Just days after al-Shabaab insurgents attacked an African Union military base in Somalia, one of the group’s leaders has been captured along the Somalia-Kenya border.

From the AP:

A leader with the Islamic extremist group al-Shabab, who had a $3 million bounty on his head, surrendered in Somalia, a Somali intelligence official said Saturday.

Zakariya Ismail Ahmed Hersi surrendered to Somali police in the Gedo region, said the intelligence officer, who insisted on anonymity because he is not authorized to speak to the press.

Hersi may have surrendered because he fell out with those loyal to Ahmed Abdi Godane, al-Shabab’s top leader who was killed in a U.S. airstrike earlier this year, the officer said.

Hersi was one of seven top al-Shabab officials whom the Obama administration offered a total $33 million in rewards for information leading to their capture in 2012. It is not clear if the reward will be paid out for Hersi because he surrendered.

Despite major setbacks in 2014, al-Shabab remains a threat in Somalia and the East African region. The group has carried out many terror attacks in Somalia and some in neighboring countries including Kenya, whose armies are part of the African Union troops bolstering Somalia’s weak U.N.- backed government.

Reports out of Africa have confirmed that the Gashan (Somali special forces) have cleared out the last of the insurgents who attacked the AMISOM base in Mogadishu, but we still have very little information about why Hersi surrendered, or if his surrender had anything to do with Thursday’s attack. Senior military official Col. Abas Ibrahim Gurey told CNN that “Zakariya has told us following his capture that he left Al-Shabaab a year and half ago and since then was looking for to surrender to the Somali government,” but have otherwise been tight lipped about the man’s motives.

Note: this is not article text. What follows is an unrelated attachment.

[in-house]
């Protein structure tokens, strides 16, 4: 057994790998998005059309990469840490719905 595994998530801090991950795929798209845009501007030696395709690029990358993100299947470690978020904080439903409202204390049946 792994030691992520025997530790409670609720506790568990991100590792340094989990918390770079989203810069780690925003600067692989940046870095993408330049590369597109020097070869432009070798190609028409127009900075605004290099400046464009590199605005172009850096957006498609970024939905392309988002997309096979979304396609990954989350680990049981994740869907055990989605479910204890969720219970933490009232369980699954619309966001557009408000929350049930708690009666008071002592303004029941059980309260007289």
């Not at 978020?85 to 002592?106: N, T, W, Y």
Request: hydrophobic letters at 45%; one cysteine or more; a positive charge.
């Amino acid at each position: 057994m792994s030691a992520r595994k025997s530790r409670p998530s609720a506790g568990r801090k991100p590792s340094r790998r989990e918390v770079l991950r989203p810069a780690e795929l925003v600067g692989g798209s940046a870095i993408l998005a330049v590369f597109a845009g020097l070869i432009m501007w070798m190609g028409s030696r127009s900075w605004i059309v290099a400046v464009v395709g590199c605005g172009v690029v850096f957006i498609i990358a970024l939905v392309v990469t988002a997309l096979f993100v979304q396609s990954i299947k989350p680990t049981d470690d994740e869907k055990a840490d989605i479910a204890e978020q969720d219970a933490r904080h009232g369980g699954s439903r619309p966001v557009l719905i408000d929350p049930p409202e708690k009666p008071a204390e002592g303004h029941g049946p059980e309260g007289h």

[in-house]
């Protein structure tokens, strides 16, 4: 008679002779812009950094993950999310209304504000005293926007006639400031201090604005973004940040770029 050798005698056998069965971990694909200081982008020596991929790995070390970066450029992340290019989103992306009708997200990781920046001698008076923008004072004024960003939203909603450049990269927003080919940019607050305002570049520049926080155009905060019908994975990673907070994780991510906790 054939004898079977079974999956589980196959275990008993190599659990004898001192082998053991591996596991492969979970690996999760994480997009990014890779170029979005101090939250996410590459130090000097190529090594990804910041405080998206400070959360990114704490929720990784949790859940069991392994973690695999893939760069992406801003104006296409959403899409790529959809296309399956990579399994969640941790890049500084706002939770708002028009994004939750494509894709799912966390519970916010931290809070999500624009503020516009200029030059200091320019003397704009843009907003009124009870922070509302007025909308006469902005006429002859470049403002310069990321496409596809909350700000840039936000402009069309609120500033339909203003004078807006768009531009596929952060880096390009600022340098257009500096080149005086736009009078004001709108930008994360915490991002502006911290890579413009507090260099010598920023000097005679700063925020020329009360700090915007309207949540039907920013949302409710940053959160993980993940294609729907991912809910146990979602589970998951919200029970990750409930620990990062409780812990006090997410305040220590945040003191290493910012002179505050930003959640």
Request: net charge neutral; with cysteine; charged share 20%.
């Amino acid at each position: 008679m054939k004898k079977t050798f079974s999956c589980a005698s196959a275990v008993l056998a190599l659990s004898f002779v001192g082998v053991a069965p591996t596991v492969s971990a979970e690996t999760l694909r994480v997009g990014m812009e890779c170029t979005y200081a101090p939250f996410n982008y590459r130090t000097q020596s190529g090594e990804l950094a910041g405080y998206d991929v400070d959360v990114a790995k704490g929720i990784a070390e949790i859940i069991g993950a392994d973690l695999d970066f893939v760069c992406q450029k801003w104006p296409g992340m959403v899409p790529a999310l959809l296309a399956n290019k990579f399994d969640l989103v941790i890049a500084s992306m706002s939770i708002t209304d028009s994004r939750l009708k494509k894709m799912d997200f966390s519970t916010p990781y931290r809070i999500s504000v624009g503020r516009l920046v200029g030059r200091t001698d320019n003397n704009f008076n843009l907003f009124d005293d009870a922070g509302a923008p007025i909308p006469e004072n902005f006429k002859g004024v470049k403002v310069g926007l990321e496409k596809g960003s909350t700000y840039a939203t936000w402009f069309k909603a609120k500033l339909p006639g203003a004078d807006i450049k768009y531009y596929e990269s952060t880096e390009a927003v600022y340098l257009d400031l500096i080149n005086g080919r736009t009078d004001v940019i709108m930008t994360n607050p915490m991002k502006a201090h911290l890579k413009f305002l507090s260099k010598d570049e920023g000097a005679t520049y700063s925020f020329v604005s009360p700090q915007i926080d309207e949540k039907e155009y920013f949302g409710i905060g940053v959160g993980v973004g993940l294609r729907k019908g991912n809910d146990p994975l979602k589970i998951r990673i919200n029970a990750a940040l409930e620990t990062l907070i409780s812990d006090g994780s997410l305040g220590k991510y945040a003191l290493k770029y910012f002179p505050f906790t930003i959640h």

After the United States took out former al-Shabaab leader and co-founder Ahmed Abdi Godane in a drone strike earlier this year, the group vowed to avenge Godane and overcome the coalition forces attempting to control the spread of Islamic insurgency in the horn of Africa. This has been a major motivating factor in the group’s actions since September, so hypothesizing that Hersi surrendered as a way out isn’t unreasonable at all, especially if Hersi couldn’t make contact with anyone within the organization who supported and came up with new leader Abu Ubeid Ahmed Omar.

What’s important to remember is that the surrender of one doesn’t necessarily reflect continued fracturing within the group. Earlier this fall, reports out of Uganda (also a coalition member state) suggested that al-Shabaab was becoming active in the region. Although al-Shabaab doesn’t have the media presence or global popularity of al-Qaida or ISIS, we should worry when we see their influence spread. Hersi’s surrender signals that this latest power shift could bode ill for those who had hoped that al-Shabaab would fade into history after drones entered into the equation.